Entries Tagged 'Databases' ↓

Database Thaw Reheated

In his November 24 article Database Thaw Martin Fowler wrote about the lock-in of relational/SQL databases and some possible alternatives. I was with him until he wrote that “you can’t get [a] bigger breach of encapsulation than that,” referring to a central database shared by multiple applications. (The indented quotes below are verbatim from Fowler’s article).

For many organizations today, the primary pattern for integration is Shared Database Integration – where multiple applications are integrated by all using a common database. When you have these Integration Databases, it’s important that all these applications can easily get at this shared data – hence the all important role of SQL. The role of SQL as mostly-standard query language has been central to the dominance of databases.

That’s a fair argument, though I don’t agree that SQL has been central to the dominance of databases, or central to making shared database integration the “primary pattern” for integration. Before SQL-based databases took over in the mid-1980s, integration through shared non-relational databases was already the norm. SQL standardizes how users and application get data in and out of the database, and how database schemas are described, but it’s just a language that more or less replaced many proprietary and unstandardized languages that did the same thing.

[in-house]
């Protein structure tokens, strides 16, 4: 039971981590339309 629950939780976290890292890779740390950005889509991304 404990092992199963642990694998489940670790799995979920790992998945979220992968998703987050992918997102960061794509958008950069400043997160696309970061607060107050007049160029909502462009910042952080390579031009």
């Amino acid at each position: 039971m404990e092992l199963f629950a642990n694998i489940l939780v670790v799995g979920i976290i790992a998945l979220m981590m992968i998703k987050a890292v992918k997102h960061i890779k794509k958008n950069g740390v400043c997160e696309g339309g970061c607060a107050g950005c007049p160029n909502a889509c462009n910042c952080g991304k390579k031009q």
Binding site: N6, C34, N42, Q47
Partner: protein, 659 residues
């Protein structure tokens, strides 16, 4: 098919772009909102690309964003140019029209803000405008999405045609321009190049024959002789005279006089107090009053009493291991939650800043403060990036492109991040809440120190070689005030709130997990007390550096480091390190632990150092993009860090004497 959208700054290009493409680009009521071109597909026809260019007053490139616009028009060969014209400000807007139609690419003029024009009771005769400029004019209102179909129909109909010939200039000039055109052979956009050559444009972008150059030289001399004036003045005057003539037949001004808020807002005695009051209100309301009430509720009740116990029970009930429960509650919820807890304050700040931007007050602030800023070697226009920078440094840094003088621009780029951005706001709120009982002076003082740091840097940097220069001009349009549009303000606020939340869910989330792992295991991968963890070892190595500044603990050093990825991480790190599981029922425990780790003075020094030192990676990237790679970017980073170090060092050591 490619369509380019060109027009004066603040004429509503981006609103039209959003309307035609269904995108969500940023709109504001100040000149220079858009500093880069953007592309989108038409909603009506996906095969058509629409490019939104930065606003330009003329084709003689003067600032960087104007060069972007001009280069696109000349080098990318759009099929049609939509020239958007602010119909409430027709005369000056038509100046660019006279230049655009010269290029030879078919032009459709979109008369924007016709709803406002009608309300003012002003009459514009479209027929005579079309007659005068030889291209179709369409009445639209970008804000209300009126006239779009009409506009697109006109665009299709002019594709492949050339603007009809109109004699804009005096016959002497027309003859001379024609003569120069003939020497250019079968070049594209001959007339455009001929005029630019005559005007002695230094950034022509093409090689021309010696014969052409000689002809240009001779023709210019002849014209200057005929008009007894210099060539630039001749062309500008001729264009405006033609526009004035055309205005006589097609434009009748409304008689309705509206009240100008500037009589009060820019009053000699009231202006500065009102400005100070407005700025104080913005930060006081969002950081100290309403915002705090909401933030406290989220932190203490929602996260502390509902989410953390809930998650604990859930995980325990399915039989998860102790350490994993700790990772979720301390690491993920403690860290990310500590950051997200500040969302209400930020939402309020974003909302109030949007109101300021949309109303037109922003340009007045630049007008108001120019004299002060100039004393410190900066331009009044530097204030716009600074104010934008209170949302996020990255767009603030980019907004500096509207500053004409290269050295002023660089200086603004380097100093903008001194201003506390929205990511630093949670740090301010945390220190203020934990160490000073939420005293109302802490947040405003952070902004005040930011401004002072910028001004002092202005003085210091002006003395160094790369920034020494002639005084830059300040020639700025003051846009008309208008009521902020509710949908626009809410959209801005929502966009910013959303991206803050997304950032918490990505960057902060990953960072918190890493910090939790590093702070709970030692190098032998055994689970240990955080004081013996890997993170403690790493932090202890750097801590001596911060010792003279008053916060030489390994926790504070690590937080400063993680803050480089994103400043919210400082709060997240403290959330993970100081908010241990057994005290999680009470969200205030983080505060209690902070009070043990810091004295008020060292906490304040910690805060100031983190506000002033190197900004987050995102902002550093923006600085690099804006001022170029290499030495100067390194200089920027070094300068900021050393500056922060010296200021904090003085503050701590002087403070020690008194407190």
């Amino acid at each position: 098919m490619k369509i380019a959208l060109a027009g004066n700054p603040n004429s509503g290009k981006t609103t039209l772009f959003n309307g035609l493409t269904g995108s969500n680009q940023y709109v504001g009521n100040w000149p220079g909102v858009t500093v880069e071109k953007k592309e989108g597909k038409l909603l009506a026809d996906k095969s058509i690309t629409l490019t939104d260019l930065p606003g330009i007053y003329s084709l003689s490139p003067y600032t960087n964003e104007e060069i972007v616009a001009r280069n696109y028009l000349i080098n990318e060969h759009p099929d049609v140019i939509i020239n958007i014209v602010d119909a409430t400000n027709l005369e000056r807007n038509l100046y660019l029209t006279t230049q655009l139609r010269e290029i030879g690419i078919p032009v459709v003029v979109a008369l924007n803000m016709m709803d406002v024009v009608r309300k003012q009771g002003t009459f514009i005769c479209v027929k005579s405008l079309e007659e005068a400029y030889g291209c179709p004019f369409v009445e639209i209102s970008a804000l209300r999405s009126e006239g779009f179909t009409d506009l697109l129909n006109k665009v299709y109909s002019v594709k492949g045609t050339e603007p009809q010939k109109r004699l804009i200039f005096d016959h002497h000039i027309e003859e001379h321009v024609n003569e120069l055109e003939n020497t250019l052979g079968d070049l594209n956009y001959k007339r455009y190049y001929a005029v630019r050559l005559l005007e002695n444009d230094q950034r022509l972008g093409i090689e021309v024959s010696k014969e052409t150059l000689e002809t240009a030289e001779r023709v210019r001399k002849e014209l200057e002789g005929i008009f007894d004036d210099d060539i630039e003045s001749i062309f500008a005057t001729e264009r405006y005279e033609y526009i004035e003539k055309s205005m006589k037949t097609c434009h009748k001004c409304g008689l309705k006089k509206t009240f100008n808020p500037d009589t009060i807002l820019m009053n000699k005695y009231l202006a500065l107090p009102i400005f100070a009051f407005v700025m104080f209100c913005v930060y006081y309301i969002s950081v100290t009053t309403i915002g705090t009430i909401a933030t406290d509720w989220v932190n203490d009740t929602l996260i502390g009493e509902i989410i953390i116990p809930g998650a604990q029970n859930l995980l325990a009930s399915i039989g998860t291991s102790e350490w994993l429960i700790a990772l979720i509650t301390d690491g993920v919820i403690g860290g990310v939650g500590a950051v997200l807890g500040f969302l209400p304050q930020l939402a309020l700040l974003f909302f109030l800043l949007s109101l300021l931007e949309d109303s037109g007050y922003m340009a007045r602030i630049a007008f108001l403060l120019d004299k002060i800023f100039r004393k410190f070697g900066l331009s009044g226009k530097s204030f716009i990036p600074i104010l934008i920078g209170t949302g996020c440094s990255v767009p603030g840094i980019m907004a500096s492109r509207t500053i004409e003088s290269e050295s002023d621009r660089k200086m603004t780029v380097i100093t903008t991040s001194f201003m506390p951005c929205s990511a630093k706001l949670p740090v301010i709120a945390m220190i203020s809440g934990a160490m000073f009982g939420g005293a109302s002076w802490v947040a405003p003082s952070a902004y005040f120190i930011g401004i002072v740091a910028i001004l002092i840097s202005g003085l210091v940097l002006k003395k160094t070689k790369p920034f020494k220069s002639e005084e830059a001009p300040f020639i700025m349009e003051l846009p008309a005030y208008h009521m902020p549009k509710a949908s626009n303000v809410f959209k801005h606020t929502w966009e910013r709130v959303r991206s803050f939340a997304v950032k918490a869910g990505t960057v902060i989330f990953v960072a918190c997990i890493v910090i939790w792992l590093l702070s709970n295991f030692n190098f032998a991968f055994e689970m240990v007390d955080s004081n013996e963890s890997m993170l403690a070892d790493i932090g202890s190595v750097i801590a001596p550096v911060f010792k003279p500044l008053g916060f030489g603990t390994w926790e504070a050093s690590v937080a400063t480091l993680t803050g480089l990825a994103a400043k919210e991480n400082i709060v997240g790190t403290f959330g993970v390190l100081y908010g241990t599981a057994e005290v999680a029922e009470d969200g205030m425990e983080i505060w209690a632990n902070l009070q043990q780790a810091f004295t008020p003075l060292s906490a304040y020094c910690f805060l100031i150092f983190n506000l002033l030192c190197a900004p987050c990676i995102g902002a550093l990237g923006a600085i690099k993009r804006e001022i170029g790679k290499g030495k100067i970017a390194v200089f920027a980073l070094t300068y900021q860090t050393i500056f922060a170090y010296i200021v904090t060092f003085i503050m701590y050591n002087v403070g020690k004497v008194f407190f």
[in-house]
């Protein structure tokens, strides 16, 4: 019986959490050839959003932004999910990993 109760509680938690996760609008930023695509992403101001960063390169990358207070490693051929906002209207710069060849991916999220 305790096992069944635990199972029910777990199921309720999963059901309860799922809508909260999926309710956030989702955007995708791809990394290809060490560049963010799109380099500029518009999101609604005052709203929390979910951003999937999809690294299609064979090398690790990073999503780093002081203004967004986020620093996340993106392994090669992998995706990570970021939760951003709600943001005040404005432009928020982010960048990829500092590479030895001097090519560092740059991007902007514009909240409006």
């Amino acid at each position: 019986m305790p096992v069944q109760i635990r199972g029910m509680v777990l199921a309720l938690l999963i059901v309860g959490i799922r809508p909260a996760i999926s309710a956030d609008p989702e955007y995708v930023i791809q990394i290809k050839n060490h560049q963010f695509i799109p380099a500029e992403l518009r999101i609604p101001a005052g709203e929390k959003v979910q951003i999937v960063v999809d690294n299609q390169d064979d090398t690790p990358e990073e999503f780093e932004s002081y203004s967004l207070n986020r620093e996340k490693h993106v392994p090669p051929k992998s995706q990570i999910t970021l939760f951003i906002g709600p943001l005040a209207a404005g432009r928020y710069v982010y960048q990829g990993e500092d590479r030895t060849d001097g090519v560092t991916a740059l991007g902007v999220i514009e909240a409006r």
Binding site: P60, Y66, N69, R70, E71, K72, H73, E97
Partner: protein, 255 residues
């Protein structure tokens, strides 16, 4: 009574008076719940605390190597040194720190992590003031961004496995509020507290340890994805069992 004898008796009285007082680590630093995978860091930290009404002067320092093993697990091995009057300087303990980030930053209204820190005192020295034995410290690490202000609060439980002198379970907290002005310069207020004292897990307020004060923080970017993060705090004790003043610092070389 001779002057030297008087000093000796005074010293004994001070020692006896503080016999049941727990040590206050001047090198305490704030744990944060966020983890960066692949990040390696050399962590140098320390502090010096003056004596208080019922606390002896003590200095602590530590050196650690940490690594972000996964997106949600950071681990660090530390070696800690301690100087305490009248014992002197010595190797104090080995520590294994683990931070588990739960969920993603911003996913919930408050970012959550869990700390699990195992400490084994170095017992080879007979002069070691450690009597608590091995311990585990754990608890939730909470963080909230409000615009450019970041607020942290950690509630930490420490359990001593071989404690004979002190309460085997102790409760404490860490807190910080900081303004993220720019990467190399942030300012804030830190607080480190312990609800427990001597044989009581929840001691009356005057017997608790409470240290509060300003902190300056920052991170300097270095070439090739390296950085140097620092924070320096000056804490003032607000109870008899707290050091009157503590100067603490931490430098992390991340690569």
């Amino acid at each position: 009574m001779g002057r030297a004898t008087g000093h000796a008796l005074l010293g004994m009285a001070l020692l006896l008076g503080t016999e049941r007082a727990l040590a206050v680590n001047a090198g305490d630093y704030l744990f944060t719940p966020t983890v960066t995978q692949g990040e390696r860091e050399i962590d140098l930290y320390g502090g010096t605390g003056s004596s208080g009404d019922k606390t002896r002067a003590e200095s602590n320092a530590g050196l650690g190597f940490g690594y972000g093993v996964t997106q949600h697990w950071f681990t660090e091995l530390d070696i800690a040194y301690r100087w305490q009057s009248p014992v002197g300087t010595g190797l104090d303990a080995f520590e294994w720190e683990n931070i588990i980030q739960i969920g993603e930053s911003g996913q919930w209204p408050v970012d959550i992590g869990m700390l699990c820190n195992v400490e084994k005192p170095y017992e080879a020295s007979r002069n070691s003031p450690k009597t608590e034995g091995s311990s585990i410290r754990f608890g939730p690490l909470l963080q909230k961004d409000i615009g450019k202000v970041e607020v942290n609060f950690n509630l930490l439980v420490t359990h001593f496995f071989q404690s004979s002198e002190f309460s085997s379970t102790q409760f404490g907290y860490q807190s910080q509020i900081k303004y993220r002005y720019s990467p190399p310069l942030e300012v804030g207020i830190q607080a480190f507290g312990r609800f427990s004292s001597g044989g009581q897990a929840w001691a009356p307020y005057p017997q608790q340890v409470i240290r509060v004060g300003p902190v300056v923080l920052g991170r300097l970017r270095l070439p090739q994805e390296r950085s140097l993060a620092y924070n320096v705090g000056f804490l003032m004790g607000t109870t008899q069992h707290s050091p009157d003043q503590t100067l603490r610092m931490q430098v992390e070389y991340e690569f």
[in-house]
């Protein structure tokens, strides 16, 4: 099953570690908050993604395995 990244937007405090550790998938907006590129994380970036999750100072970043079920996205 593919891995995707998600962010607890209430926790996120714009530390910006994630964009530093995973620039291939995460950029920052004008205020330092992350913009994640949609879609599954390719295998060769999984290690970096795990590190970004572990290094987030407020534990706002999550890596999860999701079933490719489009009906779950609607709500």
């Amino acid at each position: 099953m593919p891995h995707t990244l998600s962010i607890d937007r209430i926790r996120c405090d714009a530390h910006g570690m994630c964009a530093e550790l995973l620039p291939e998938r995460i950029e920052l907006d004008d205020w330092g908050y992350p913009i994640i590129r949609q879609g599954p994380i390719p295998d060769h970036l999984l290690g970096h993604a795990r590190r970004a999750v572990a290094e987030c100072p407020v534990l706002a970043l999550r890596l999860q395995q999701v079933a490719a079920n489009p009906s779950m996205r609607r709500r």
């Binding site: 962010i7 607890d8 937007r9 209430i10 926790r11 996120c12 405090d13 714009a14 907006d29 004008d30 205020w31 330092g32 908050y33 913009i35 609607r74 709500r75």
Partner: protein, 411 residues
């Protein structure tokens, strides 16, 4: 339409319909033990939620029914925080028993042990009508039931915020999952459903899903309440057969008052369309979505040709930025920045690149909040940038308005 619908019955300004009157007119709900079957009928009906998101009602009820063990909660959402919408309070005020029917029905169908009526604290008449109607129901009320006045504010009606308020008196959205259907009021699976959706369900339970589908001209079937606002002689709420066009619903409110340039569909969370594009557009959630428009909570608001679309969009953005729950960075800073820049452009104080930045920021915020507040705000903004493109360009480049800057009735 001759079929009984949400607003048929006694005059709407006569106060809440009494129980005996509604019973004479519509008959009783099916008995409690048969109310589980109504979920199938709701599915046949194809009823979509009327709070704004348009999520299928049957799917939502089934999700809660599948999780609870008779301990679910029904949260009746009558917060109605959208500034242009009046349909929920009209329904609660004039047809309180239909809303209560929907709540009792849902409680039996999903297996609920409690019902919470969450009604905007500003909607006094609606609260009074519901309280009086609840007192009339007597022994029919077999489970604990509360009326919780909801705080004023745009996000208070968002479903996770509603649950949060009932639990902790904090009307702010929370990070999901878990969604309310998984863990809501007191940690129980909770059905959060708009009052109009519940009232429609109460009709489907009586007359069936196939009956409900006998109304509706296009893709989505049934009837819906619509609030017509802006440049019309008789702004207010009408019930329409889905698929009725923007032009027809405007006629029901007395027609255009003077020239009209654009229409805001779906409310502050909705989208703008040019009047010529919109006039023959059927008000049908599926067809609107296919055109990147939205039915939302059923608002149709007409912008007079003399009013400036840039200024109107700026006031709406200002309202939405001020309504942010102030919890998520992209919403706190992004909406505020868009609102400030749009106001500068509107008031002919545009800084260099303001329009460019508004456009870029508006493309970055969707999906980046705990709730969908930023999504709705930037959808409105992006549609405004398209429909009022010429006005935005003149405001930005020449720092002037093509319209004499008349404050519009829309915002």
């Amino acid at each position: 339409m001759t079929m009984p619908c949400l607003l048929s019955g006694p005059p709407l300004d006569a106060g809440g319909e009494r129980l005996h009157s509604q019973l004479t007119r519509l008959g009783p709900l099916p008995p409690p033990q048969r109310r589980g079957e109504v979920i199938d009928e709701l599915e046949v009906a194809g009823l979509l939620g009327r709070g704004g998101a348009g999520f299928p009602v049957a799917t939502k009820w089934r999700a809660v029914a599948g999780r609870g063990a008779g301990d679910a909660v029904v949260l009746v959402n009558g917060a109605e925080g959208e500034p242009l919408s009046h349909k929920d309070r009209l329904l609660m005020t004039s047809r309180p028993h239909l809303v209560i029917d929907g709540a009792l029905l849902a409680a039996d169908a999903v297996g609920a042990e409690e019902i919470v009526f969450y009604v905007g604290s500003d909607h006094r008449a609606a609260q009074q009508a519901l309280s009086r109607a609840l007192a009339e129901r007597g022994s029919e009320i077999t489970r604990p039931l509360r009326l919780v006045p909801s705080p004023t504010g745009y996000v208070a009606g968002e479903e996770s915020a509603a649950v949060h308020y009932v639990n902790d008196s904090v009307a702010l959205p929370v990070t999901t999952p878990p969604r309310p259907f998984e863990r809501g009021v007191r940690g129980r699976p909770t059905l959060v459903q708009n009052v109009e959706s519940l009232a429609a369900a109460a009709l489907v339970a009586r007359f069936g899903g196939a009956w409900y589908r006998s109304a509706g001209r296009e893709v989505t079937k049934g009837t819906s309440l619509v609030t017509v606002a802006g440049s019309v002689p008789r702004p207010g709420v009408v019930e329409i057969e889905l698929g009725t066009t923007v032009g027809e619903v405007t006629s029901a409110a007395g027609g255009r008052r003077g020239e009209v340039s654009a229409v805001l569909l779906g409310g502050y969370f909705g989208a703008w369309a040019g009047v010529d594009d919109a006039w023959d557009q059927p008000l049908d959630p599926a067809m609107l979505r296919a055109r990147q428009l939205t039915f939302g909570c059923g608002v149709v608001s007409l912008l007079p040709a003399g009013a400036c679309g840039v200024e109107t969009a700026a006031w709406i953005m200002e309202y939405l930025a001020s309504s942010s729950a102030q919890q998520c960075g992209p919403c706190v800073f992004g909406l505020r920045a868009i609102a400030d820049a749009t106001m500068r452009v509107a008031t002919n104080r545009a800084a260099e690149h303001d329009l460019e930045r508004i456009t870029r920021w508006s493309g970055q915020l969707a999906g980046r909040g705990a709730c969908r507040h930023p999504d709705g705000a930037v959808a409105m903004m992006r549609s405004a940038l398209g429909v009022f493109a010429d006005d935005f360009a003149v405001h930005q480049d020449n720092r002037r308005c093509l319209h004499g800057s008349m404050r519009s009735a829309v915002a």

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Relational Database Experts Jump The MapReduce Shark

In this article relational database experts David DeWitt and Michael Stonebraker compare MapReduce to traditional relational database systems (RDBMSs) and find MapReduce wanting. They make some strong points in favor or relational databases, but the comparison is not appropriate. When I finished reading the article I was thinking that the authors did not understand MapReduce or the idea of data in the cloud, or why programmers might be excited about non-RDBMS ways to manage data. Continue reading →

Why Programmers Don’t Like Relational Databases

Complaining about relational databases is a staple theme of programmer blogs. Why are so many programmers irritated and frustrated with relational databases? Why do the perceived intricacies of SQL and the “object-relational impedance mismatch” launch so many rants? Why are DBAs more hated than managers? I have some ideas. Continue reading →